Mike McNaught Davis
CFA holder and one-time fund manager and financial marketer, Mike now lends his exceptional talents to Copylab's Edinburgh team.More articles from Mike McNaught Davis
Whether it’s investing in an ESG portfolio and then finding out it’s dominated by banks, or inadvertently buying into devilishly complex investment vehicles, the annals of financial history are littered with examples of retail investors being misled, oversold or just plain bamboozled by the investment products put in front of them.
At the heart of the guidance from the FCA is the expectation that financial companies do all they can to ensure their clients are properly briefed and understand the products they are buying. The ‘back story’ is that the FCA clearly recognises that this has not always been the case, and financial products have too often been mis-sold. The duty of care to clients, so important in financial services, has sometimes been weak.
Financial firms have barely six months to make the necessary amendments to their published retail commentaries and the processes around them. But what exactly does this entail? It means producing commentary that communicates in an easily intelligible and effective manner, where complex terms are explained in plain language. The language must be clear and not in any way misleading. It needs to pass the ‘granny test’ – would your grandmother understand it if you explained it to her?
In sum, the FCA requires language that can be easily understood by the average retail customer and supports their needs, and that “facilitates informed consumer decisions”.
In practical terms, the FCA says, service and product communications should be:
Above all, the FCA wants to avoid the obfuscation that has evolved from an overload of information, and ensure that firms are considering how their clients may react to any commentary or communication sent to them.
But as the FCA emphasises, it is not just about language. The FCA has listed the “four outcomes” that need attention for financial firms to effectively promote care and protection for their retail clients:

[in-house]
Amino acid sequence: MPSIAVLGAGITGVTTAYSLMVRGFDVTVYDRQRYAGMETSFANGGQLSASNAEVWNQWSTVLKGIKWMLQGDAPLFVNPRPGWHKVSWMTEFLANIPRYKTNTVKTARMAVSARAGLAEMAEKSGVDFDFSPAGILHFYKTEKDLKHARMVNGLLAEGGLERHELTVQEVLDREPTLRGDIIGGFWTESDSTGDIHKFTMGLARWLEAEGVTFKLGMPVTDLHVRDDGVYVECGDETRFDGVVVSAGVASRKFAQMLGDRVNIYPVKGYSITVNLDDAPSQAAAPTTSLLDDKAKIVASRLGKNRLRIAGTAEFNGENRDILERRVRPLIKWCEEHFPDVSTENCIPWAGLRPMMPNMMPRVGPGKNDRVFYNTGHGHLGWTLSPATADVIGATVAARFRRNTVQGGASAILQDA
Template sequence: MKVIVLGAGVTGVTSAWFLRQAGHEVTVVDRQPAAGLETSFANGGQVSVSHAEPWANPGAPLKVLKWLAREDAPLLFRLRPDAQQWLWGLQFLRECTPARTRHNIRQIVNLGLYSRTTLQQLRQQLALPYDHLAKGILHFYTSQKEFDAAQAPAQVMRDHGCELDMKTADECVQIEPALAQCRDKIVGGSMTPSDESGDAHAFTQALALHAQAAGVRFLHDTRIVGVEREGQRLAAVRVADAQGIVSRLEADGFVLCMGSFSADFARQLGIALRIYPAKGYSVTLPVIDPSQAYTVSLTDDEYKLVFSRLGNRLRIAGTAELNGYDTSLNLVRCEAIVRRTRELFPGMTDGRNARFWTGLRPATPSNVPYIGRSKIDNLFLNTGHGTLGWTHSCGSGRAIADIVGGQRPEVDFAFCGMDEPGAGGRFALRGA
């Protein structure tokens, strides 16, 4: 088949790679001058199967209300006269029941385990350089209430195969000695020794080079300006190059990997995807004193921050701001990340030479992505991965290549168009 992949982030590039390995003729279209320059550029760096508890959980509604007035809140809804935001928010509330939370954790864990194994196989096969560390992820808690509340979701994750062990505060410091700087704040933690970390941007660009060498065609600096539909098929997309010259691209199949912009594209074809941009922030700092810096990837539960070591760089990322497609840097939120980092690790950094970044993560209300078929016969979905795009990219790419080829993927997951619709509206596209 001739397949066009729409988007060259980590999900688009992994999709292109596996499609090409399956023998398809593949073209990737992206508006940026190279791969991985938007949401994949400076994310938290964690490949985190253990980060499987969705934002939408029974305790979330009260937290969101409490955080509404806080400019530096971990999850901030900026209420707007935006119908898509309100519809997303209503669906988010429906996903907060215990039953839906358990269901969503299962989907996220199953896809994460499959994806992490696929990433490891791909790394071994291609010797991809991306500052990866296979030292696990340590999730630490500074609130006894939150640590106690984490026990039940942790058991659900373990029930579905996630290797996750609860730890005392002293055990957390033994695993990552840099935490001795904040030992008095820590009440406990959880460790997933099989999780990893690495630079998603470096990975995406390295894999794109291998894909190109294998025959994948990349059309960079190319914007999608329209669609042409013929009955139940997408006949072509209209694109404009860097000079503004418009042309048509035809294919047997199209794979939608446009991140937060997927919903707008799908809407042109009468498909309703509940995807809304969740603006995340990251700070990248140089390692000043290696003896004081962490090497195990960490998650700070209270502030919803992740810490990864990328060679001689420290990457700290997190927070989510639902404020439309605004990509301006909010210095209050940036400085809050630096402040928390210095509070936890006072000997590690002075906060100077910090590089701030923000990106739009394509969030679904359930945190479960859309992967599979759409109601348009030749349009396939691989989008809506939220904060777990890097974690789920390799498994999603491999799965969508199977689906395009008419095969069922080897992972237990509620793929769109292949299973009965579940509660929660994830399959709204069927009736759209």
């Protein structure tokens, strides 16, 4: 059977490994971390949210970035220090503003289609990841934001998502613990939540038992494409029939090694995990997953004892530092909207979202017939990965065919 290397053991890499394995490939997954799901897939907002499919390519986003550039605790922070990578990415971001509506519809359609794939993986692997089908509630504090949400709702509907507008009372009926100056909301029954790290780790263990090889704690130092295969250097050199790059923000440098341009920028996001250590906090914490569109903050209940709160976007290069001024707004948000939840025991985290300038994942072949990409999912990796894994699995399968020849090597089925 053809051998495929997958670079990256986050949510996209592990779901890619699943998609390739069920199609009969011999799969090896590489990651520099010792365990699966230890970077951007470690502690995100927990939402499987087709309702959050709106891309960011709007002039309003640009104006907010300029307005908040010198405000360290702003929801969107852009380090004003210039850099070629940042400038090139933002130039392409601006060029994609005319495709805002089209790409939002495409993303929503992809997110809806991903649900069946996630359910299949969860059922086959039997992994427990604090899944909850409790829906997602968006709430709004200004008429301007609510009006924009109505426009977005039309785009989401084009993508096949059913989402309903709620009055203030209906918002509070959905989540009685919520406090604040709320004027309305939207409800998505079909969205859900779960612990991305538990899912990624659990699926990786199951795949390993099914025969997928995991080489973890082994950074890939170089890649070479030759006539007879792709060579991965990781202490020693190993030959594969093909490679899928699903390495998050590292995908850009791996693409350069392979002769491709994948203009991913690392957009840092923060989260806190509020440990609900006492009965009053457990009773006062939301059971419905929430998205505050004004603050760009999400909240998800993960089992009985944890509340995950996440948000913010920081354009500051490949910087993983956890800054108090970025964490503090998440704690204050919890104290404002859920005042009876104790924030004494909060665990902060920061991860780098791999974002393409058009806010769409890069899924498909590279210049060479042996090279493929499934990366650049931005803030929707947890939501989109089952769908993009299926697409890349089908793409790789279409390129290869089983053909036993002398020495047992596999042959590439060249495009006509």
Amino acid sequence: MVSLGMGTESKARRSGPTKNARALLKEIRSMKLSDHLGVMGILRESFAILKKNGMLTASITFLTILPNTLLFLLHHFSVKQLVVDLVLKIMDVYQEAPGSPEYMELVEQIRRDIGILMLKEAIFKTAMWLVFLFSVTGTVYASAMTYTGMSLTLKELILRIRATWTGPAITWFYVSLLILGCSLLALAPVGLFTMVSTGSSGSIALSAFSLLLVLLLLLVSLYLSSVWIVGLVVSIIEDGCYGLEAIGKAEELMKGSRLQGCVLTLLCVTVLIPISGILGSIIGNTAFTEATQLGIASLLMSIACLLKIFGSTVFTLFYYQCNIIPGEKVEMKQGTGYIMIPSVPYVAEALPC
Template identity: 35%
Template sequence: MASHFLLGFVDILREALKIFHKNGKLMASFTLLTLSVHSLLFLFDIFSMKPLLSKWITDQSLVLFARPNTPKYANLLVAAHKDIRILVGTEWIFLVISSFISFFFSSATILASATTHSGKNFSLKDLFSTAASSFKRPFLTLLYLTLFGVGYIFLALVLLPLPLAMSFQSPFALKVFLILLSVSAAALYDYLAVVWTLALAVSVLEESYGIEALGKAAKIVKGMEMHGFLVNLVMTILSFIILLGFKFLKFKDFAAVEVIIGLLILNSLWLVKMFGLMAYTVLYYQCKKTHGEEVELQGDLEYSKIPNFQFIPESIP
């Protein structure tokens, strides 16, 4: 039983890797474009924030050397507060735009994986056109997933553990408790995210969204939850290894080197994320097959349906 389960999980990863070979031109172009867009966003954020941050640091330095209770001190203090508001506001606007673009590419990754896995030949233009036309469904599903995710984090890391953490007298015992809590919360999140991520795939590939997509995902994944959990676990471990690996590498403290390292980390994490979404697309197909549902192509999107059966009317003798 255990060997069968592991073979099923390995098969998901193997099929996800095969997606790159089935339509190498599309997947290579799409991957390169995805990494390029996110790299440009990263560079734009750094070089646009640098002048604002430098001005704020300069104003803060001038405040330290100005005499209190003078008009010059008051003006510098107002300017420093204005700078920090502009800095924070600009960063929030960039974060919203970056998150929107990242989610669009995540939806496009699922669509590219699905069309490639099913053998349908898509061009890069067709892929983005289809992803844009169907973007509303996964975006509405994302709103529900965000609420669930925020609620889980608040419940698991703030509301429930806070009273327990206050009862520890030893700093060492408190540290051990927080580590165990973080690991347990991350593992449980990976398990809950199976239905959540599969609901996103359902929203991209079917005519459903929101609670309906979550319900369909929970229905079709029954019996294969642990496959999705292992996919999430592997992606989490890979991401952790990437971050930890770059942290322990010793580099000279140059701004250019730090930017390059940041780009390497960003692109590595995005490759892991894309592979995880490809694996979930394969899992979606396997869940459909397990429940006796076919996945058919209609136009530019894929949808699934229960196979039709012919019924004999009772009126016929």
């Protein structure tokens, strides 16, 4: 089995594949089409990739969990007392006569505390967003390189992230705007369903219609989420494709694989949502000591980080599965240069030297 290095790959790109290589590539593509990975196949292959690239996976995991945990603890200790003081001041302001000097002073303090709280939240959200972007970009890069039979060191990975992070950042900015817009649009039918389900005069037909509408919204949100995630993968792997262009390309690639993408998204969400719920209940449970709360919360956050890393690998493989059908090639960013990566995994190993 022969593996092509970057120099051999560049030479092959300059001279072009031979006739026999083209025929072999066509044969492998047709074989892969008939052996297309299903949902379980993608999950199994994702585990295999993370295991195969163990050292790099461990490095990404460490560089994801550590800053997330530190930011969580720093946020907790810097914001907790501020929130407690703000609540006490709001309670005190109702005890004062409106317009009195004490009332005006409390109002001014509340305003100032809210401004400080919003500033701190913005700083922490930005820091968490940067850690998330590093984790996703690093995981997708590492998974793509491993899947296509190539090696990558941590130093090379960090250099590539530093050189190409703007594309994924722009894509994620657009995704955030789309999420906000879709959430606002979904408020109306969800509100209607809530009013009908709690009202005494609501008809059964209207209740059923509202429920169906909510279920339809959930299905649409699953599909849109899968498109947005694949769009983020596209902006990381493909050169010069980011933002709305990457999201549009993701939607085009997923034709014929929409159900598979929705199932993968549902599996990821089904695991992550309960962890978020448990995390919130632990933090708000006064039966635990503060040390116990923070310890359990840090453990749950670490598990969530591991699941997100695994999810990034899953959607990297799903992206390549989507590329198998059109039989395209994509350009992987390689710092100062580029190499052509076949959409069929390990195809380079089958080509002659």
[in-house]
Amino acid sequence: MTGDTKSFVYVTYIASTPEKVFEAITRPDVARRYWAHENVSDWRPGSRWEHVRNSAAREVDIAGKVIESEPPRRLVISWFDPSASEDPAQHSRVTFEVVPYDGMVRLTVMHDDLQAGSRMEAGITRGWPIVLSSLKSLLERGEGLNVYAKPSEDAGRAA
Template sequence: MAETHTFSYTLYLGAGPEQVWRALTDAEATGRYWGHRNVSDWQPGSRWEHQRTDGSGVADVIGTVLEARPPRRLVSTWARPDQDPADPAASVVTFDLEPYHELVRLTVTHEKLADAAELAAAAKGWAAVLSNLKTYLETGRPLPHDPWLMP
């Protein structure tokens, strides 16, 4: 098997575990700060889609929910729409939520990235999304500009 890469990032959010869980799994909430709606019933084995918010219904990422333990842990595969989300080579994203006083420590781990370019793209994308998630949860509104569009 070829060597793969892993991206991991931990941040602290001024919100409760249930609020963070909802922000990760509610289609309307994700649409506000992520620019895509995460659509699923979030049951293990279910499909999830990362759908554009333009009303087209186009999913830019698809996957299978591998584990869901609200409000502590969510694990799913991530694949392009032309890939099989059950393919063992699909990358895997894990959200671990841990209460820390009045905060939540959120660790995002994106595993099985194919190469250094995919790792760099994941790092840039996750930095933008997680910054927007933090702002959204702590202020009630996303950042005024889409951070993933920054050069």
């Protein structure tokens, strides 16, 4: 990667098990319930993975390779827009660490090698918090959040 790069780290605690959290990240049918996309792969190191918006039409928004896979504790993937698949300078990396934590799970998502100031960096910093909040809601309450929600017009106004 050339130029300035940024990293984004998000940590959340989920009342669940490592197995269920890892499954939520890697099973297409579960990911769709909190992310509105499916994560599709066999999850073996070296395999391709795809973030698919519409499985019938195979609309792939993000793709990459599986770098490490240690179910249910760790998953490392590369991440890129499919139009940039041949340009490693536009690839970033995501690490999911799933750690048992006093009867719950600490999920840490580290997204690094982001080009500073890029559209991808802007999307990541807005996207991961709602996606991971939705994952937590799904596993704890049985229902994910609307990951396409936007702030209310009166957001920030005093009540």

The focus, the FCA says, needs to be on the overall financial well-being of the retail investor, so any products being offered should be good value and appropriate to the customer.
Consumer Duty also means ensuring that the financial firm has considered the implications for the investor. It is not enough just to dangle the carrot: financial firms have to be mindful of the effect of the consumption of the carrot, and its impact on the client’s health. This will mean knowing the client better – their financial situation and their financial goals.
Under the new guidelines, much greater consideration should be given to the risks facing clients. Again, the back story here is likely that too much focus has gone on what a product or service does for financial firms’ bottom line, and less on what it can do for the client.
The focus needs to be more customer outcomes. What can the purchaser of the financial product reasonably expect to receive or gain from purchasing it? Additionally, the FCA mentions that financial firms must be careful not exploit or reinforce any behavioural biases that customers may have. This suggests greater objectivity and (again) a focus on likely outcomes. Advice should also be timely, allowing clients to have the information needed to make decisions.
Ultimately, Consumer Duty should be treated by the sector as an opportunity. If customers feel they are gaining from products and receiving good service, then trust builds and a potentially long-lasting relationship can be constructed to the benefit of all.